Bonytail chub

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Bonytail chub
Bonytail chub or bonytail, Gila elegans,.jpg
Bonytail chub, Gila elegans
Conservation status
Scientific classification
Kingdom: Animalia
Phylum: Chordata
Class: Actinopterygii
Order: Cypriniformes
Family: Cyprinidae
Genus: Gila
Species: G. elegans
Binomial name
Gila elegans
S. F. Baird & Girard, 1853

The bonytail chub or bonytail, Gila elegans, is a cyprinid freshwater fish native to the Colorado River of Arizona, California, Colorado, Nevada and Utah in the southwestern United States. It was once abundant and widespread in the basin, its numbers and range have declined to the point where it has been listed as endangered (1980), a fate shared by the three other large Colorado basin endemic fish species: Colorado pikeminnow, Humpback chub, and Razorback sucker. It is now the rarest of the endemic big-river fishes of the Colorado River. There are 14 species of the genus, 7 of which in Arizona.

Description[edit]

A bonytail chub can grow to over 2 feet (60 cm) long. Like many other desert fishes, its coloring tends to be darker above and lighter below, serving as a camouflage. Breeding males have red fin bases. They have a streamlined body and a terminal mouth.[1] Bonytail Chubs have bodies that sometimes arch into a smooth, predorsal hump (in adults). While their skull is quite concave, their caudal peduncle (tailside) is thin, and almost looks like a pencil (hence, “bony tail”). The coloration of Bonytail Chubs is usually dark dorsally and lighter ventrally, however, in very clear waters, they looks almost black all over. [2] During breeding season, males and females have distinct coloration as well. Mature males have bright red-orange lateral bands between their paired fins; while females have a more subdued coloration that is described with the males.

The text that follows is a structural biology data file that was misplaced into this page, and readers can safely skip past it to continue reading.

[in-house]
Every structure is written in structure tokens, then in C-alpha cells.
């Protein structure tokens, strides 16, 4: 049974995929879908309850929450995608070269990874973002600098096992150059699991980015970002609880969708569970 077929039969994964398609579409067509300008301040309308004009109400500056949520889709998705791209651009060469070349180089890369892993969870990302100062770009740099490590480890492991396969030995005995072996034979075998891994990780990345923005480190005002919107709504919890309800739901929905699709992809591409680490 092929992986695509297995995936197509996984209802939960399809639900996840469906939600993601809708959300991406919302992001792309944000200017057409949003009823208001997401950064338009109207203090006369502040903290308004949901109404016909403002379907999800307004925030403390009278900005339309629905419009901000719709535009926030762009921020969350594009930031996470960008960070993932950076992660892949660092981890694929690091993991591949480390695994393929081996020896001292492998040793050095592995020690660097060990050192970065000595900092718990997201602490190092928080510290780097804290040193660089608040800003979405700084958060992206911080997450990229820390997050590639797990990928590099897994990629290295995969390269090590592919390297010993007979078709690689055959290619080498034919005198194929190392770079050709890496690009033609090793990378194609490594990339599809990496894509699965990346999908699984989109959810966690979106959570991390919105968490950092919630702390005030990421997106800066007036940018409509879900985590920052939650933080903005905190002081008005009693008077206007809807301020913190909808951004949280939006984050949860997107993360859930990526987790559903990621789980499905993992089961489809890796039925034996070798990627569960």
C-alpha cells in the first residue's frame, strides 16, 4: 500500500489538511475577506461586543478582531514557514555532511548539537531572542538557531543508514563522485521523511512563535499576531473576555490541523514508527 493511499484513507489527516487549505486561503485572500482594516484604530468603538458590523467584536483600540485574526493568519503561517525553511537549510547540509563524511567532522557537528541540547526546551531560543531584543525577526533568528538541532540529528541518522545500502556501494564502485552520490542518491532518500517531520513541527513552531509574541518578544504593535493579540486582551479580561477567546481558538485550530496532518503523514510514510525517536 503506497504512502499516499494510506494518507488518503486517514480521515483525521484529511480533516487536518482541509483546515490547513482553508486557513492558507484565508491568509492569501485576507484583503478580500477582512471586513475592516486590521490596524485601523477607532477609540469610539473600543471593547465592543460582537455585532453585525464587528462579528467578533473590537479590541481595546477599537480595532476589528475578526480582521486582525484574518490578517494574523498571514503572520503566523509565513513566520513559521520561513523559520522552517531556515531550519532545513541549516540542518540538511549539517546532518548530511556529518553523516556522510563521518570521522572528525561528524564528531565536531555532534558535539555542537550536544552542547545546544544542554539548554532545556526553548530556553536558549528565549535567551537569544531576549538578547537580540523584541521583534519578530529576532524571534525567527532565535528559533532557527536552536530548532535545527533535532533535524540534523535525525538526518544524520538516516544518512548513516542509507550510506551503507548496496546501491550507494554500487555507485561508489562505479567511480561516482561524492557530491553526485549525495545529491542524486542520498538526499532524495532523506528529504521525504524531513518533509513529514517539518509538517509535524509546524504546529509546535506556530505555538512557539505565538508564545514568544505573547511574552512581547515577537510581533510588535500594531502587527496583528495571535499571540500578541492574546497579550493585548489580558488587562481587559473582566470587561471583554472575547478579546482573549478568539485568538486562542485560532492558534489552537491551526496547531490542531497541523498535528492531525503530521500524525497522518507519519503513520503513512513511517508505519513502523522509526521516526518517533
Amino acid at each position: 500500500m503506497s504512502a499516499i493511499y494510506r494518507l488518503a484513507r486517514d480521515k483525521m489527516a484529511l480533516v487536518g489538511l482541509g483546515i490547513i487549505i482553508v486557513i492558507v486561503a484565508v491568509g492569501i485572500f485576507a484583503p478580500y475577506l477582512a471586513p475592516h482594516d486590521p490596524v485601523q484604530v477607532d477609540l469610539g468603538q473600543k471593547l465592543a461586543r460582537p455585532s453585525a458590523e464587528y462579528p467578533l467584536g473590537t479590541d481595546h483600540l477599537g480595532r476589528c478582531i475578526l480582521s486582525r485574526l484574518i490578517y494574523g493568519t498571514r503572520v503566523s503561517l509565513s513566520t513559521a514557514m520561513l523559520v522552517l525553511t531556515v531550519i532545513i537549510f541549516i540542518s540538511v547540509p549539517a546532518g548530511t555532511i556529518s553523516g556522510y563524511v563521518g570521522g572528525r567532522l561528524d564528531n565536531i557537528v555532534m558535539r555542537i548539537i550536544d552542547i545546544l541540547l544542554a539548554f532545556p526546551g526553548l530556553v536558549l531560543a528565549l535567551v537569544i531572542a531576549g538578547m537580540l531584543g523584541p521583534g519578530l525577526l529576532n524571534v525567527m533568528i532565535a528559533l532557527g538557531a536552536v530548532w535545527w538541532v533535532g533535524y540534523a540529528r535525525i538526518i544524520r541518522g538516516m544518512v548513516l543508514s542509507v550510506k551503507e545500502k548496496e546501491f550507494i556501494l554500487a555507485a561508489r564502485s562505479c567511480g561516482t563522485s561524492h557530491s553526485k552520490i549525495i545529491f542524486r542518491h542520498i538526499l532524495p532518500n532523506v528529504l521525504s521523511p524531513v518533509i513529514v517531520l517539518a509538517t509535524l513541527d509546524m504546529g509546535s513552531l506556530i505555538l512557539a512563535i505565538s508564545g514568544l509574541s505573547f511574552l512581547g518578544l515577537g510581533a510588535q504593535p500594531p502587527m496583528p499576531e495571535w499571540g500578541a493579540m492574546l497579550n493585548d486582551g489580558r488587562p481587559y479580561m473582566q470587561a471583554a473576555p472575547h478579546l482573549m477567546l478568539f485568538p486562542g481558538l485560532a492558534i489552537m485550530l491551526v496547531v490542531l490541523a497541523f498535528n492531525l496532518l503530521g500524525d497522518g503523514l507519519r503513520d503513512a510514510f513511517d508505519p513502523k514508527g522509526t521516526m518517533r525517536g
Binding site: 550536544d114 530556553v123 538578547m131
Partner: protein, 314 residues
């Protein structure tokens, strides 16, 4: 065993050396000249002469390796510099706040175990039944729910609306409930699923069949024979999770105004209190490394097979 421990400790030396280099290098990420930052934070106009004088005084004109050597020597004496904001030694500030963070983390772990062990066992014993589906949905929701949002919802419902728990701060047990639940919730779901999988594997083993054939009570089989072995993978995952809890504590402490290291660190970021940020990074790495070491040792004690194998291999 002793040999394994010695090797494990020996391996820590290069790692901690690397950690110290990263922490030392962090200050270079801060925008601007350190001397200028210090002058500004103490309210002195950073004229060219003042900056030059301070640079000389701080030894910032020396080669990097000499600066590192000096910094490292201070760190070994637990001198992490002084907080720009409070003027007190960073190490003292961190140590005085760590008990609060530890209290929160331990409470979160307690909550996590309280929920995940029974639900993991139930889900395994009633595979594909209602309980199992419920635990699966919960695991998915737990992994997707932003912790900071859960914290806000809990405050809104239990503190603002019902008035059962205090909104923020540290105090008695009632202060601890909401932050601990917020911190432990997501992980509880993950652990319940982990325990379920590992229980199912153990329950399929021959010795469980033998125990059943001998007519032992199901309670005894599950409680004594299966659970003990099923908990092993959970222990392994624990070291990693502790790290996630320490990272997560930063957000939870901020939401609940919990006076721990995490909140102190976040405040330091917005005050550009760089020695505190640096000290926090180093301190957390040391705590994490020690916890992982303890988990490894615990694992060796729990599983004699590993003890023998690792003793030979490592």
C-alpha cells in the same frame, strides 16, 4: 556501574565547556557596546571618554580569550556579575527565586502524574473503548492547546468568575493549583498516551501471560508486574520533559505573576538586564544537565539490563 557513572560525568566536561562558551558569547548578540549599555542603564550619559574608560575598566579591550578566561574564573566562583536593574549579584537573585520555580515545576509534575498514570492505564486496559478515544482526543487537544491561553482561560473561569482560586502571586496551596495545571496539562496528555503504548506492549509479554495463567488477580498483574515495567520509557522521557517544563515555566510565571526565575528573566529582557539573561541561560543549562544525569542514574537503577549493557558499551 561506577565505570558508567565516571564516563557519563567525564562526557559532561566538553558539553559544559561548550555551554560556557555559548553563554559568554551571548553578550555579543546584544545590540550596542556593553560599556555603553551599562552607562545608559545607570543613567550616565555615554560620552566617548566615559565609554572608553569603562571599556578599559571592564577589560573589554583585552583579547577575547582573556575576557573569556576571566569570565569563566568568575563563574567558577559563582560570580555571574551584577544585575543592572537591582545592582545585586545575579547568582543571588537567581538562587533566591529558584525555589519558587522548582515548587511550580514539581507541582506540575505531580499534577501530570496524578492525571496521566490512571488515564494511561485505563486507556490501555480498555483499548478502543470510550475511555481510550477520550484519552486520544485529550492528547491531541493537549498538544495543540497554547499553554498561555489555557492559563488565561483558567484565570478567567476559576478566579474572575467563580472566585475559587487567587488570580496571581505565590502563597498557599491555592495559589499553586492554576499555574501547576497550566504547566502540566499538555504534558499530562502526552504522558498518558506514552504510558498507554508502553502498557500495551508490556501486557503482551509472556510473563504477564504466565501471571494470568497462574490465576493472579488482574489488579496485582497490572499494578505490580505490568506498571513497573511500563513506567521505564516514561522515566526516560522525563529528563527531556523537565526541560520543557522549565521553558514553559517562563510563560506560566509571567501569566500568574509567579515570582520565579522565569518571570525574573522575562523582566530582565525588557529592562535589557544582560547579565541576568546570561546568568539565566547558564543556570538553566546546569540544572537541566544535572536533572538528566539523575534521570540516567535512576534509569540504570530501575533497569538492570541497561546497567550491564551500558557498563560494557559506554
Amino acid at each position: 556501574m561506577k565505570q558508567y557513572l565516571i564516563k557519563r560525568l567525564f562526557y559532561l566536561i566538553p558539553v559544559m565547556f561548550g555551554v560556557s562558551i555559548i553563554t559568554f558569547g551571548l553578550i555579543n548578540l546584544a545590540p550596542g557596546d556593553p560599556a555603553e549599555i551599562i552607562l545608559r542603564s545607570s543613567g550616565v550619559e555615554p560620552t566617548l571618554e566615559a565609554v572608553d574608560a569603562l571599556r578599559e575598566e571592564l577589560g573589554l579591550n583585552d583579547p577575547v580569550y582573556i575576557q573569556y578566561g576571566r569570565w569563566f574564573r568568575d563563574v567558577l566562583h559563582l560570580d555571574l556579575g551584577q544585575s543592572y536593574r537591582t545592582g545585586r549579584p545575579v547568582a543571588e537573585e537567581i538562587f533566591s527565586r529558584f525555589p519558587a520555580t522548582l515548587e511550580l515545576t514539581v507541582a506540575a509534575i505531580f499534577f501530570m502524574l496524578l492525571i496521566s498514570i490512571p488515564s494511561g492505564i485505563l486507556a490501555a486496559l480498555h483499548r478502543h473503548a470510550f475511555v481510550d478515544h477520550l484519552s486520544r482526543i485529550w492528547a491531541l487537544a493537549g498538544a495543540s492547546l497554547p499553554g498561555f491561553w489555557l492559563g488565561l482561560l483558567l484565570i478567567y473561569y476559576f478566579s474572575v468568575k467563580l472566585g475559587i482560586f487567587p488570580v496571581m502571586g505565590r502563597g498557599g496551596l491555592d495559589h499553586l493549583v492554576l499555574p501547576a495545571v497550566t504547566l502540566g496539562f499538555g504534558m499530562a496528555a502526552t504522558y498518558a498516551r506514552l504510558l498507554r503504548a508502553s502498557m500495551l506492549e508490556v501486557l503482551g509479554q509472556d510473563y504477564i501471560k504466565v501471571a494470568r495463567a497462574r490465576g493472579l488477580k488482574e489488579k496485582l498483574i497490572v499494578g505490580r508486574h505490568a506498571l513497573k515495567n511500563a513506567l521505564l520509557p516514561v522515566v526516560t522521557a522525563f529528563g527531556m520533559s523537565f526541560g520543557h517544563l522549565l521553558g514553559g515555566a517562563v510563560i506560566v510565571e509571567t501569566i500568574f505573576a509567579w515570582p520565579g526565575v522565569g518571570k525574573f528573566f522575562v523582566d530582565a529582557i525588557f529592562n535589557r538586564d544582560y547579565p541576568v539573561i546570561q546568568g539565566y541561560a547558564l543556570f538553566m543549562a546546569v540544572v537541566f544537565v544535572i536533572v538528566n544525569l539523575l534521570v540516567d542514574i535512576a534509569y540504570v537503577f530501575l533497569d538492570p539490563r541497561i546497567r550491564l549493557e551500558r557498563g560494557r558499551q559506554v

Range[edit]

The bonytail chub was once found in many states, including Arizona, California, Colorado, New Mexico, Utah, and Wyoming. This fish species experienced the most abrupt decline of any of the long-lived fishes native to the main-stems of the Colorado River system and, because no young individuals have been found in recent years, has been called functionally extinct. Bonytail chubs were one of the first fish species to reflect the changes that occurred in the Colorado River basin after the construction of Hoover Dam; the fish was extirpated from the lower basin between 1926 and 1950.[3] They may still be found in the Green River of Utah and perhaps in the larger Colorado River water bodies.[1] Gila elegans was added to the US list of endangered species on April 23, 1980.

There is contention about the reintroduction of the bonytail chub.[4] Some are concerned about the amount of water used to increase stream flows that are required for adequate bonytail chub habitat.[5] Bass fishermen are concerned about facilitating the recovery of the bonytail chub by the removal of smallmouth bass, a popular gamefish.[6] Fears of spreading the quagga mussel, an invasive species that clogs water pipelines and fouls marine equipment, has halted the reintroduction of the bonytail chub in Arizona, pending establishment of a stocking protocol that is satisfactory to Arizona wildlife officials.[7]